“NTA. You protected your son. You do not need ‘family’ that treats your child badly.”

“I’d cut them from my life so fast. Keep them away from your son. Don’t let them gaslight and play victim. They are the ones with the nasty rancid homophobia and chose to express it by targeting your son while you were away.”

“Dude. They planned to attack your son and knew you wouldn’t let them, so they waited. How ugly and predatory. Nah. They’d never see me again.” – DirtSunSeeds

“NTA, but you would be if you hadn’t told them to leave. I’m a gay man. Similar things have happened to me as well, and it would have meant the world to me if my family had stood up for me. They never did, and it left lasting scars that took years of therapy to heal.”

“You’re a great parent in my books.” – AlwaysStoked4Breakfast

The subReddit sent the OP a resounding NTA for standing up for his son.

As much as his grandparents might want to hide behind “trying to do what’s best” for their grandson, that was simply a disguise for otherwise obvious homophobia and, with that, extremely conditional love that would only look like unconditional love again if their grandson walked the line they wanted him to walk.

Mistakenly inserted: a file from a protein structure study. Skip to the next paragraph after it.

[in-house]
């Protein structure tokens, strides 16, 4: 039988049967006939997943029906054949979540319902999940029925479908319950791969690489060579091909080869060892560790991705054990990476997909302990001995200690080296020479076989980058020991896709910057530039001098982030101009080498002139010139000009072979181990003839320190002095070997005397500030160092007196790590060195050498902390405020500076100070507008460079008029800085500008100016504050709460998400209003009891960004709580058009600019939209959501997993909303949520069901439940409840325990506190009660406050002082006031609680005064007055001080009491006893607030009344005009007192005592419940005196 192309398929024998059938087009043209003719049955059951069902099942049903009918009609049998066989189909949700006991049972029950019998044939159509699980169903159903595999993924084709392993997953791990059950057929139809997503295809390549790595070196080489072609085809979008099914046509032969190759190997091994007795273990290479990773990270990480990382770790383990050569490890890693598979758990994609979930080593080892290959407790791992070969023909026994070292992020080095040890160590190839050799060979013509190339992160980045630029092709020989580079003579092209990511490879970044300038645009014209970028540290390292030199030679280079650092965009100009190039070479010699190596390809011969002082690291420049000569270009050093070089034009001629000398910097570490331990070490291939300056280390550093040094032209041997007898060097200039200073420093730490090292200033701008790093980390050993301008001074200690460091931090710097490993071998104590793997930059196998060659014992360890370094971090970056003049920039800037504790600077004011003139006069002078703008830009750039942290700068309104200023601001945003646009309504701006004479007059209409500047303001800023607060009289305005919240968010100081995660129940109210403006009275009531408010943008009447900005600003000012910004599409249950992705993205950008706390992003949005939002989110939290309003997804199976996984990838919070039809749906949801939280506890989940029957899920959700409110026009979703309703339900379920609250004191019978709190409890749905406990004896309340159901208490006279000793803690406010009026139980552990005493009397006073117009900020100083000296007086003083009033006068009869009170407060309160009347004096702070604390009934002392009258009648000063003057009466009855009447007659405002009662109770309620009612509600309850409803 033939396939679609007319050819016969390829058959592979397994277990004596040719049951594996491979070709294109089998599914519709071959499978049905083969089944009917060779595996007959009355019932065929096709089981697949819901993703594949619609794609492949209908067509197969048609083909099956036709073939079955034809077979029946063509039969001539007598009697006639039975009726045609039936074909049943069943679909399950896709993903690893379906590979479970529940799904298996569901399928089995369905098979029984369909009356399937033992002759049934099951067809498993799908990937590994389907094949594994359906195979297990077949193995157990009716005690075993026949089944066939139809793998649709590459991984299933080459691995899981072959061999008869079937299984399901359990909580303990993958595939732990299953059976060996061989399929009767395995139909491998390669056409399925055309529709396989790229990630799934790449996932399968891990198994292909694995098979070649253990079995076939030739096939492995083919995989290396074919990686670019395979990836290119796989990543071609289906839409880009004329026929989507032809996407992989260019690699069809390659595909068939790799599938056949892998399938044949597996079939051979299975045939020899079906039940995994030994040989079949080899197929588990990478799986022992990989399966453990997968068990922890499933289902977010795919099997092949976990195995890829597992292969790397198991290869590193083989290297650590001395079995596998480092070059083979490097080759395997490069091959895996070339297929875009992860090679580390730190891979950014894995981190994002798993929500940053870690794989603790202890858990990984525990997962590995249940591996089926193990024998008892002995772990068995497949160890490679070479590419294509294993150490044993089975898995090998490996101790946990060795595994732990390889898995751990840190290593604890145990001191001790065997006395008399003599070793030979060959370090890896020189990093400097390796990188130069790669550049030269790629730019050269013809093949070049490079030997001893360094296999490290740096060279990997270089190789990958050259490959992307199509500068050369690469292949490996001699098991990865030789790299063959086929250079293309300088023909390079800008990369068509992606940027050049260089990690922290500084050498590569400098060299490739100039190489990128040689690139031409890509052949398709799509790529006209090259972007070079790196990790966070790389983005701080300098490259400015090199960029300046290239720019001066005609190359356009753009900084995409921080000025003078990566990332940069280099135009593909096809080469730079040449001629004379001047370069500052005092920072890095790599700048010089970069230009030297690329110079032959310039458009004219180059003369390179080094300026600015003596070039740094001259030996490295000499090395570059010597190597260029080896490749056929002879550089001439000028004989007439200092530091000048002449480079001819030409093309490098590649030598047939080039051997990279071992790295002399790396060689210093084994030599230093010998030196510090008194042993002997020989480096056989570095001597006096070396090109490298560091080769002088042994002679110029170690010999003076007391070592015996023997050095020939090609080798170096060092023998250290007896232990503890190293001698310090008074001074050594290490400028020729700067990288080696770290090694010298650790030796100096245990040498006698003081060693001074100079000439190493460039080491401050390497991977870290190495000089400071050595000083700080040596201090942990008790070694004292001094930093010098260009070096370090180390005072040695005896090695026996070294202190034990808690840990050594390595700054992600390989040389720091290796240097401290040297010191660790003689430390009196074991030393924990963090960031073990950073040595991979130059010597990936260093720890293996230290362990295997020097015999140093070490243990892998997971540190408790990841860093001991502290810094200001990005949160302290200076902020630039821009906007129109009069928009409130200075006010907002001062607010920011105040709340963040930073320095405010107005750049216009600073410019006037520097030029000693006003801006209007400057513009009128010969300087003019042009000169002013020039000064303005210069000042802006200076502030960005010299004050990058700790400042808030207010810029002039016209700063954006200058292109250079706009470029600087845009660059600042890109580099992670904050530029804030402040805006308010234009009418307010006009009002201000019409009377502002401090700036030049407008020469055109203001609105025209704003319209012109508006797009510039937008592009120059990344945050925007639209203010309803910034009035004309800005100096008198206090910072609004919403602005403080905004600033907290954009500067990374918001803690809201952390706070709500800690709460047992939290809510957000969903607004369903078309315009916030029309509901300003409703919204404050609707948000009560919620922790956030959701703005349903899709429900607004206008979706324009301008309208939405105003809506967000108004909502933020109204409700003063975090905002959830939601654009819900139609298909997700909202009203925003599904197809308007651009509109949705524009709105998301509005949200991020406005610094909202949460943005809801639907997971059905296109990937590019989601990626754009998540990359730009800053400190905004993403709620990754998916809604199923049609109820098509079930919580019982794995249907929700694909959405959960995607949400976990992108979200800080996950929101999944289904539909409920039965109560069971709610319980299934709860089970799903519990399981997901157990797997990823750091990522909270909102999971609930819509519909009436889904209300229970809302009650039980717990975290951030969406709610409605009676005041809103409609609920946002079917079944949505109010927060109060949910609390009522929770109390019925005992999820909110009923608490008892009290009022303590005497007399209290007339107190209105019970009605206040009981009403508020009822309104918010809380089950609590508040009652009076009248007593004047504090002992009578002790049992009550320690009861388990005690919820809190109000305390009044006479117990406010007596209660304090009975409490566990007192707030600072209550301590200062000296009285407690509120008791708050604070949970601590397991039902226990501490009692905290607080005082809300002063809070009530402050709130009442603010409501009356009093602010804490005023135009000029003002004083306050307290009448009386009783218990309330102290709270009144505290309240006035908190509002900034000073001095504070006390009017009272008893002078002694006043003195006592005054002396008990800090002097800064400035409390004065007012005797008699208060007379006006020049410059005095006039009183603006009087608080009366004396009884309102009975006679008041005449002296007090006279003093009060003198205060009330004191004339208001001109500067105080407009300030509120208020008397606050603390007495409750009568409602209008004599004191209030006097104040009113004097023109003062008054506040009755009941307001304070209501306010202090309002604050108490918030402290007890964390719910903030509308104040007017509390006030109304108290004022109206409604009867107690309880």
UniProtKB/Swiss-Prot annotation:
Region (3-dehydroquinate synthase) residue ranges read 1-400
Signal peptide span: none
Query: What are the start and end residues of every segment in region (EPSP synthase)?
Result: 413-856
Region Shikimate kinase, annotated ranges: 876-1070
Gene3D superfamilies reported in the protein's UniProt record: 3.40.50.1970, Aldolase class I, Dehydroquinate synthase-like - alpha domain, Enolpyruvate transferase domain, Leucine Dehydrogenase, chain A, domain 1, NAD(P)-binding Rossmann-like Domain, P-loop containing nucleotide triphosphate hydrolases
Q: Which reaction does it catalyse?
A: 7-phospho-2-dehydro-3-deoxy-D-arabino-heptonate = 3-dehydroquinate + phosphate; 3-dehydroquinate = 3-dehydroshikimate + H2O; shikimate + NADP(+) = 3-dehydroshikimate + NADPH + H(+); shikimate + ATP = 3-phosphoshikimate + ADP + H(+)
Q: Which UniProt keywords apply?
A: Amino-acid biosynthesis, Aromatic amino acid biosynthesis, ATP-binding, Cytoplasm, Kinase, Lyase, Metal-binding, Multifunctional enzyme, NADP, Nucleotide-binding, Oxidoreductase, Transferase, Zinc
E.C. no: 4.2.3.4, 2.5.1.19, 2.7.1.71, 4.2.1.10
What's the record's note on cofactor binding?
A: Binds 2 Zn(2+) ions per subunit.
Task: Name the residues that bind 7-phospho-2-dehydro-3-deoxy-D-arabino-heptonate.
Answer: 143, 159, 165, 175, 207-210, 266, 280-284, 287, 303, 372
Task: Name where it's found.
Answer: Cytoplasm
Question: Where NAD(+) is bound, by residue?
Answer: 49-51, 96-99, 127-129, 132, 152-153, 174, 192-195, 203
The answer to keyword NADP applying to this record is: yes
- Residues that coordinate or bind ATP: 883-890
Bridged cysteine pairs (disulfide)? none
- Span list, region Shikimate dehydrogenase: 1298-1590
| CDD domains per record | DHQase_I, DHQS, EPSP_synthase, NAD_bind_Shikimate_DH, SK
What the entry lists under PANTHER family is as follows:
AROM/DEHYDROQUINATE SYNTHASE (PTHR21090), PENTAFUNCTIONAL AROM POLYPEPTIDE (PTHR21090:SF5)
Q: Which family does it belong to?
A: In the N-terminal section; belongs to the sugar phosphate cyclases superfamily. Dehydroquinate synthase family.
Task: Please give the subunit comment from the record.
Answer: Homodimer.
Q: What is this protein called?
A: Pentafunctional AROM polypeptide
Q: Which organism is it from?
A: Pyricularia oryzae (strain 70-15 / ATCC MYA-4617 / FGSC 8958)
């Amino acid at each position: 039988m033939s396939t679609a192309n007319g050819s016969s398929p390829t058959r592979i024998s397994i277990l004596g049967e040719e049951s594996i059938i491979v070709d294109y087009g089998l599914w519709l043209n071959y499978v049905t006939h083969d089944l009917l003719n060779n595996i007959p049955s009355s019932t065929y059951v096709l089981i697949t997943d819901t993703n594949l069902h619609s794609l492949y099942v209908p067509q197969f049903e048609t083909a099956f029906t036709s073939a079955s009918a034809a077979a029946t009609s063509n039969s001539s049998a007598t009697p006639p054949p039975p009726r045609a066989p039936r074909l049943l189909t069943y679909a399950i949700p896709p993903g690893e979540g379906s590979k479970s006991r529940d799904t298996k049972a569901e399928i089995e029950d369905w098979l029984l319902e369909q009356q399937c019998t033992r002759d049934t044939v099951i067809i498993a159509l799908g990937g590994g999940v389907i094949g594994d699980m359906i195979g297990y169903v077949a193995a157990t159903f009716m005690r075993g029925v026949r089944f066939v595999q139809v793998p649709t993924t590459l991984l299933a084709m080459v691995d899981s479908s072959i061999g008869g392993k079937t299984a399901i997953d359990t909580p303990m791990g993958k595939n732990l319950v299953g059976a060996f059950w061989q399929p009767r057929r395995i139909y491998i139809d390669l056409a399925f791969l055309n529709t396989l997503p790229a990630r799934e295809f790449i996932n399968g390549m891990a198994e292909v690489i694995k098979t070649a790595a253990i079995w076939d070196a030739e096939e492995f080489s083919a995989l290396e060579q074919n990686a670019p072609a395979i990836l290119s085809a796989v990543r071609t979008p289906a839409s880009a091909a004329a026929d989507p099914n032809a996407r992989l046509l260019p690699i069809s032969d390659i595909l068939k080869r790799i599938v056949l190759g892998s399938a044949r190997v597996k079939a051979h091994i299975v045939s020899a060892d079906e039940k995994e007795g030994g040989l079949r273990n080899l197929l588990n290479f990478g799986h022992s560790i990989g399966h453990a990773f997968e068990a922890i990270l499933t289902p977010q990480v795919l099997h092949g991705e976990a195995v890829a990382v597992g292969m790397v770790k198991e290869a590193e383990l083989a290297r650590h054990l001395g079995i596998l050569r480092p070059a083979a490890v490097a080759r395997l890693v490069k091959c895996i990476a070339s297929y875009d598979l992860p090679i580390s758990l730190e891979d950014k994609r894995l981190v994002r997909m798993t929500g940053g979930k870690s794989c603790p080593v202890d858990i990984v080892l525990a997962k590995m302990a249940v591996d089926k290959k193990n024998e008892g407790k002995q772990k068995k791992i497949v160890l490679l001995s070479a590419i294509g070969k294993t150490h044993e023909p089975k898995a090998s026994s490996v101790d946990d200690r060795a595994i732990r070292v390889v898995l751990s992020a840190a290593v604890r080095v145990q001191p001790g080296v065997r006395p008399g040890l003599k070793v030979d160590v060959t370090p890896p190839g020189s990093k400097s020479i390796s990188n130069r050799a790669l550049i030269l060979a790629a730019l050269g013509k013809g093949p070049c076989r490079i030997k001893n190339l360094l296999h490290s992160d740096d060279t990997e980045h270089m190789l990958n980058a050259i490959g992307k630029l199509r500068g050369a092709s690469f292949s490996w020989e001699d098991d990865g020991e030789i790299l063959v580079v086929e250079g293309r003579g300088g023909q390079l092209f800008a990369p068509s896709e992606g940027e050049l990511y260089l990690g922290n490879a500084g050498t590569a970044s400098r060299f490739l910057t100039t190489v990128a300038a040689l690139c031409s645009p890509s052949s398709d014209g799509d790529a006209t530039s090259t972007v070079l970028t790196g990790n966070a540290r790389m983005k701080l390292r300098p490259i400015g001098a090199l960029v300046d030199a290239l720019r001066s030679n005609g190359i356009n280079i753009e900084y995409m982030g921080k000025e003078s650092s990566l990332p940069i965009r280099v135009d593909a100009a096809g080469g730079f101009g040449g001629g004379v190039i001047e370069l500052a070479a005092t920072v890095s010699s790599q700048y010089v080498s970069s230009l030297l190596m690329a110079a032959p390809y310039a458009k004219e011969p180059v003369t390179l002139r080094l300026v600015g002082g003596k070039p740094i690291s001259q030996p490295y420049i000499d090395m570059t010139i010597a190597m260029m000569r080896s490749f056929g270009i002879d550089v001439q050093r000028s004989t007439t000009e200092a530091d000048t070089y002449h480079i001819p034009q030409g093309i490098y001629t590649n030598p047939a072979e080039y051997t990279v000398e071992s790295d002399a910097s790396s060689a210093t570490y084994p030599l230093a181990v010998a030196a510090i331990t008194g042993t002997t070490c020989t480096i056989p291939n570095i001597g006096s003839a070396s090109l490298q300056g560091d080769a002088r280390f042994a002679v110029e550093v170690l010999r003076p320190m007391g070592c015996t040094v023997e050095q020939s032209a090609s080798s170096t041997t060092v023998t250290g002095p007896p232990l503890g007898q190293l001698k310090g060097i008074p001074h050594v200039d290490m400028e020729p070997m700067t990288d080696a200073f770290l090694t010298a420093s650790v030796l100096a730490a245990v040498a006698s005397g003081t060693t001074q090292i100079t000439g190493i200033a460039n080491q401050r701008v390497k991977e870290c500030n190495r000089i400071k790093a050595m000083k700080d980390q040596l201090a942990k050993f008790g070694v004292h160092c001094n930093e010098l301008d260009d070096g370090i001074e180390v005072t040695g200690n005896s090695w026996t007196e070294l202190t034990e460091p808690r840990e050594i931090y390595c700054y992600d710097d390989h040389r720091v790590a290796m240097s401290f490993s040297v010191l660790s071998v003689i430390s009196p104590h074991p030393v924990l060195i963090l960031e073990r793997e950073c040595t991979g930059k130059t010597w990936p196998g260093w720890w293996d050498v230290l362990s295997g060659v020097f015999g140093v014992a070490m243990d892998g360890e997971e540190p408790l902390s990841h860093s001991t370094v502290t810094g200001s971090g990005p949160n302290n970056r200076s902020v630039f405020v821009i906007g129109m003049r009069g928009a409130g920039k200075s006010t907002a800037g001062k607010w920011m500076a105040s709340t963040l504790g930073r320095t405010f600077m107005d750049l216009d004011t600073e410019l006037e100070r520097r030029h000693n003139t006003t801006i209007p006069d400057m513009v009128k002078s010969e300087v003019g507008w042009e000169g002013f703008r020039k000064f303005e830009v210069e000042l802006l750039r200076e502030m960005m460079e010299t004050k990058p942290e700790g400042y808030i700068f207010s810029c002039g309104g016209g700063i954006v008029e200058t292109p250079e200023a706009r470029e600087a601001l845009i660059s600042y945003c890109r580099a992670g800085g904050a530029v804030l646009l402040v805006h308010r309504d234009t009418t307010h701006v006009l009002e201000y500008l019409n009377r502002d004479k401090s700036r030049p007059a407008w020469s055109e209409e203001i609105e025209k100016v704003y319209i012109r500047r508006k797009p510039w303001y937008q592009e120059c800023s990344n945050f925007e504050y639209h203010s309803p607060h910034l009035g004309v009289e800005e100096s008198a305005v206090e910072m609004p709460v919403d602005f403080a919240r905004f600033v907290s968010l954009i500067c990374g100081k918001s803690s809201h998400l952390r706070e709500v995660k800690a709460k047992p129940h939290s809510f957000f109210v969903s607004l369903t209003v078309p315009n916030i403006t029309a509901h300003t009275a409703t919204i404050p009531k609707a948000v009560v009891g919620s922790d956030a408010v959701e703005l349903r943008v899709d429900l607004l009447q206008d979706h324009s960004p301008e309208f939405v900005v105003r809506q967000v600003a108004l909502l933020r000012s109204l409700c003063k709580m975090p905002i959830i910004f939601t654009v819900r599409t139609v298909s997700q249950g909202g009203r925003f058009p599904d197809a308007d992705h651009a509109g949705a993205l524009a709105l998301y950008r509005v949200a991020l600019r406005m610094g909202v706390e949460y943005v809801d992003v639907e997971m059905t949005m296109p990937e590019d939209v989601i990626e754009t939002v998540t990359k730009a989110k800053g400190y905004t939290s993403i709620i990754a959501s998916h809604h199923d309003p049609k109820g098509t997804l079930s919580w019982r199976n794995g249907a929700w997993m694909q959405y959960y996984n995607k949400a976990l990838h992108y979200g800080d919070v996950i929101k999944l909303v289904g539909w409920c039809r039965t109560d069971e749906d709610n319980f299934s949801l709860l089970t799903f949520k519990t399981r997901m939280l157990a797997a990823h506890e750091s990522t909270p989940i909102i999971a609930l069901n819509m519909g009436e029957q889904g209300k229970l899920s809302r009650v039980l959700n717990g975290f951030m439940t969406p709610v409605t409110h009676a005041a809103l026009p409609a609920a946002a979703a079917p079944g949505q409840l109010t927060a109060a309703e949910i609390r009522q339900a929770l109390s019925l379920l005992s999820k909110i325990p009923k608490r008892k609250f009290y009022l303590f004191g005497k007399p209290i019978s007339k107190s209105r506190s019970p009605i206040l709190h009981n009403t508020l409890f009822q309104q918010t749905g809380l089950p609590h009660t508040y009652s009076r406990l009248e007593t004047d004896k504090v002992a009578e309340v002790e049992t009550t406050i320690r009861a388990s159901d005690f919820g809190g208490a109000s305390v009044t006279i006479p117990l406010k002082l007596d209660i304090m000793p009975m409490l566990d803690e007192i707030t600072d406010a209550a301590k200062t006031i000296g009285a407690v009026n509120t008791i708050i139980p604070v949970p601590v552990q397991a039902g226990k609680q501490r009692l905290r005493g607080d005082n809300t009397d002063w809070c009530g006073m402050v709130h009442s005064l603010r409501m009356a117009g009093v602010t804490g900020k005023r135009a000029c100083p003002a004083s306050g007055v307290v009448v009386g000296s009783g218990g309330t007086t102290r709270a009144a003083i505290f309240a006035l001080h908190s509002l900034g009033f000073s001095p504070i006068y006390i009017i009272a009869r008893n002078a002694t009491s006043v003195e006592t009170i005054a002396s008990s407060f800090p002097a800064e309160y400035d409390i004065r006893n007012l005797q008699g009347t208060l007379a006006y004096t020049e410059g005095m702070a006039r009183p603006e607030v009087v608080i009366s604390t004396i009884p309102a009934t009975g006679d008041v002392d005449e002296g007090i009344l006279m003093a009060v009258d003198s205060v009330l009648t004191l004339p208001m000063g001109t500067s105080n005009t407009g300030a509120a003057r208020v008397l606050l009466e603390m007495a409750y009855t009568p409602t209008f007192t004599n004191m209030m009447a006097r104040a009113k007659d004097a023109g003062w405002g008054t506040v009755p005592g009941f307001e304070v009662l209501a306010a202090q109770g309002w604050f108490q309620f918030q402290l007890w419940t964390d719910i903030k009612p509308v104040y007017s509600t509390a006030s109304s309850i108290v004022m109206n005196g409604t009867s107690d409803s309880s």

LGBTQ+ Youth can get help through:

  • TrevorLifeline — phone service available 24/7 at 1-866-488-7386
  • TrevorText — Text “START” to 678678. Available 24/7/365.

Trevor Support Center — LGBTQ youth & allies can find answers to FAQs and explore resources at

Written by McKenzie Lynn Tozan

McKenzie Lynn Tozan has been a part of the George Takei family since 2019 when she wrote some of her favorite early pieces: Sesame Street introducing its first character who lived in foster care and Bruce Willis delivering a not-so-Die-Hard opening pitch at a Phillies game. She's gone on to write nearly 3,000 viral and trending stories for George Takei, Comic Sands, Percolately, and ÜberFacts. With an unstoppable love for the written word, she's also an avid reader, poet, and indie novelist.